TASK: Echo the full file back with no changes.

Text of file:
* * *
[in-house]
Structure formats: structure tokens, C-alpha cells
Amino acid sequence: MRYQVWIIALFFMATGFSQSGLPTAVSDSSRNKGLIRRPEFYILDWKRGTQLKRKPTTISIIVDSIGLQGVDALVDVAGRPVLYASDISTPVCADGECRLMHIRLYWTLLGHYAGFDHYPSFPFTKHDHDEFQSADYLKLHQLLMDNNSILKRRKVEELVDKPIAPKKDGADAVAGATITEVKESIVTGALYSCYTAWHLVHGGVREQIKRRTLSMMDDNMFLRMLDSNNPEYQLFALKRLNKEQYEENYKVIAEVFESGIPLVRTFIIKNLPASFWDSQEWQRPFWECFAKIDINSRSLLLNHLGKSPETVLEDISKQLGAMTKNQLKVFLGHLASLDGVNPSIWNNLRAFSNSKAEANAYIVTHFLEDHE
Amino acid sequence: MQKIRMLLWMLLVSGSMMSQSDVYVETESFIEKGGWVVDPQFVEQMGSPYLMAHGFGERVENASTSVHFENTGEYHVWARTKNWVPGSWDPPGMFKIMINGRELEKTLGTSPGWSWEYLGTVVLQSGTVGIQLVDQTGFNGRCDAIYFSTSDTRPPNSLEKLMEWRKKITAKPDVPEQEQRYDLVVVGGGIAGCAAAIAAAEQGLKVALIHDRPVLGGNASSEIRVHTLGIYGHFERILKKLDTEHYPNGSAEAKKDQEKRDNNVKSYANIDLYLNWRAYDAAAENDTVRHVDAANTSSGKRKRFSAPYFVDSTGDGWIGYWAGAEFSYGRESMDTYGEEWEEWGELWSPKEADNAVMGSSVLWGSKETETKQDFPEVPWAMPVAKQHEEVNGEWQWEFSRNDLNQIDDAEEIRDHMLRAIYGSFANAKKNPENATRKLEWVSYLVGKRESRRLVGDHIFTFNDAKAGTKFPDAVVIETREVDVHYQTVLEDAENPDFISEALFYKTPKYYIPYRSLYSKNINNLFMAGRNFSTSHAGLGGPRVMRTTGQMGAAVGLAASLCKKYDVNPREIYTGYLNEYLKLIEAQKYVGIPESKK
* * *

[in-house]
Structure formats: structure tokens, C-alpha cells
Amino acid sequence: MRYQVWIIALFFMATGFSQSGLPTAVSDSSRNKGLIRRPEFYILDWKRGTQLKRKPTTISIIVDSIGLQGVDALVDVAGRPVLYASDISTPVCADGECRLMHIRLYWTLLGHYAGFDHYPSFPFTKHDHDEFQSADYLKLHQLLMDNNSILKRRKVEELVDKPIAPKKDGADAVAGATITEVKESIVTGALYSCYTAWHLVHGGVREQIKRRTLSMMDDNMFLRMLDSNNPEYQLFALKRLNKEQYEENYKVIAEVFESGIPLVRTFIIKNLPASFWDSQEWQRPFWECFAKIDINSRSLLLNHLGKSPETVLEDISKQLGAMTKNQLKVFLGHLASLDGVNPSIWNNLRAFSNSKAEANAYIVTHFLEDHE
Amino acid sequence: MQKIRMLLWMLLVSGSMMSQSDVYVETESFIEKGGWVVDPQFVEQMGSPYLMAHGFGERVENASTSVHFENTGEYHVWARTKNWVPGSWDPPGMFKIMINGRELEKTLGTSPGWSWEYLGTVVLQSGTVGIQLVDQTGFNGRCDAIYFSTSDTRPPNSLEKLMEWRKKITAKPDVPEQEQRYDLVVVGGGIAGCAAAIAAAEQGLKVALIHDRPVLGGNASSEIRVHTLGIYGHFERILKKLDTEHYPNGSAEAKKDQEKRDNNVKSYANIDLYLNWRAYDAAAENDTVRHVDAANTSSGKRKRFSAPYFVDSTGDGWIGYWAGAEFSYGRESMDTYGEEWEEWGELWSPKEADNAVMGSSVLWGSKETETKQDFPEVPWAMPVAKQHEEVNGEWQWEFSRNDLNQIDDAEEIRDHMLRAIYGSFANAKKNPENATRKLEWVSYLVGKRESRRLVGDHIFTFNDAKAGTKFPDAVVIETREVDVHYQTVLEDAENPDFISEALFYKTPKYYIPYRSLYSKNINNLFMAGRNFSTSHAGLGGPRVMRTTGQMGAAVGLAASLCKKYDVNPREIYTGYLNEYLKLIEAQKYVGIPESKK